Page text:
14 SES 02 B, Policies and Action Related to Cooperation – Home-School-Community Links I
Parallel Paper Session
We first introduced the 'Letterbox Club' - a 'book parcel' scheme designed to support literacy and numeracy among looked after children (LAC) - at ECER 2009. In 2010 we reported how this small-scale, local initiative had grown to become a national project involving all four countries of the UK, largely as a result of a series of evaluations which consistently showed positive outcomes for Letterbox Club member children; the programme was consequently recommended by central government and others (Brodie, 2010). These positive outcomes relate not only in terms of academic achievement, but also a range of personal and social benefits which include improvements in interactions between foster carer and child. We refer to these as direct outcomes.
Last year (2011) we presented emerging evidence of impact beyond the immediate world of the home, (the original focus of the initiative) which may be thought of as indirect outcomes. One aspect of this emergent picture was the catalytic effect that Letterbox appeared to have exerted on the activities of professionals from a range of organisations and agencies (local and national). Examples included the involvement of libraries in providing improved access for LAC, and greater cooperation between care and educations staff leading to the introduction of purpose-designed social and educational activities for children and their foster carers (Griffiths and Comber, 2011).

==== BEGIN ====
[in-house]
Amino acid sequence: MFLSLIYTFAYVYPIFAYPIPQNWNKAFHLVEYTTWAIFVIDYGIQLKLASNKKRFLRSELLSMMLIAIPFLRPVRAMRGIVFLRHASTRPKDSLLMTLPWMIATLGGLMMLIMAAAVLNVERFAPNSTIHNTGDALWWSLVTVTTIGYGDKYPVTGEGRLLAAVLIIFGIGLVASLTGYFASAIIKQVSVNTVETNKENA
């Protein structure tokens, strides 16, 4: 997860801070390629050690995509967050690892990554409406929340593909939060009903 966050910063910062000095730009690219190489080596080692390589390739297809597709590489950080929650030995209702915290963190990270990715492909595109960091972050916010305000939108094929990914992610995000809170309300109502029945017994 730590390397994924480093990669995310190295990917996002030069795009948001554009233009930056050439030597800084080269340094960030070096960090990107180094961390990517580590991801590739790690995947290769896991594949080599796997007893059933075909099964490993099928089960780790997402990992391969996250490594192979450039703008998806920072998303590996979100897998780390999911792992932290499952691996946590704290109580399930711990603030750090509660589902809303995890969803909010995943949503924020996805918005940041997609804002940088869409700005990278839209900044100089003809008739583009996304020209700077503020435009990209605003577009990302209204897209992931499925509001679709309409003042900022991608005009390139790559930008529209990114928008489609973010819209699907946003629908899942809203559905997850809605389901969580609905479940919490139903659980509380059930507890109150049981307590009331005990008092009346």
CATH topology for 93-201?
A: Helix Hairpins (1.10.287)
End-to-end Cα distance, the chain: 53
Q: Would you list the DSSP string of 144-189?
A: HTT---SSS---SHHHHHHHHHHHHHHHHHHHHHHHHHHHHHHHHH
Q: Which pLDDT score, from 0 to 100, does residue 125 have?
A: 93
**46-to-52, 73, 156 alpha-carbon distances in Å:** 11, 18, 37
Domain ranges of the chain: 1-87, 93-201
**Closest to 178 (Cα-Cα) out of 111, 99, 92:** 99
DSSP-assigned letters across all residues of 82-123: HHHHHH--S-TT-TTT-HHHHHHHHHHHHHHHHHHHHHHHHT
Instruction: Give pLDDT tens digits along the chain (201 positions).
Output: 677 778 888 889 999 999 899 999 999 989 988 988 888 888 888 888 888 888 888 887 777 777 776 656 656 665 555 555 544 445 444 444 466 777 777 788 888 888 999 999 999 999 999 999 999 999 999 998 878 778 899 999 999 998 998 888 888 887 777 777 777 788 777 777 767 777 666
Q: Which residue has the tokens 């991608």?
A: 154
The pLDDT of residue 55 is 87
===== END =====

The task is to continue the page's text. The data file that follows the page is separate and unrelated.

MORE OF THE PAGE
While encouraging, evidence of these outcomes was largely informally derived, albeit from reliable sources. In order to explore such developments in a more robust way, a qualitative survey of Letterbox Club coordinators was conducted through the auspices of the 84 local authorities enrolled in England in 2011. The survey sought information on three main themes – impact of Letterbox within the professional team working with the coordinator; impact on work with foster carers and impact on other services within the local authority.
Analysis of the responses revealed a generally positive and wide-ranging set of outcomes associated with involvement in Letterbox. Themes which emerged from survey data analysis were then explored in depth through telephone interviews with a selected sample of survey respondents, along with an examination of potential barriers to progress.
We argued in 2011 that the ‘elegant simplicity’ of the Letterbox Club initiative – in both concept and execution – provides a model which facilitates replicability in a range of educational and cultural contexts and which is currently being explored in the USA and in Canada. In the present paper we offer further evidence of the impact of Letterbox which goes beyond its original objectives.
Boyatzis, R. (1998)Transforming qualitative information : thematic analysis and code development. London: Sage. Brodie, I. (2010) Improving educational outcomes for looked after children and young people: C4EO vulnerable children knowledge review 1. London: Centre for Excellence and Outcomes in Children and Young People’s Services (C4EO). Gardner, J., Holmes, B. and Leitch, R. (2008) Where there is smoke, there is (the potential for) fire: soft indicators of research and policy impact. Cambridge Journal of Education, 38 (1), 89-104. Griffiths, R. and Comber, C. (2011) Letterbox Green 2010: an evaluation of the Letterbox Club pilot for children in secondary school. London: Booktrust.
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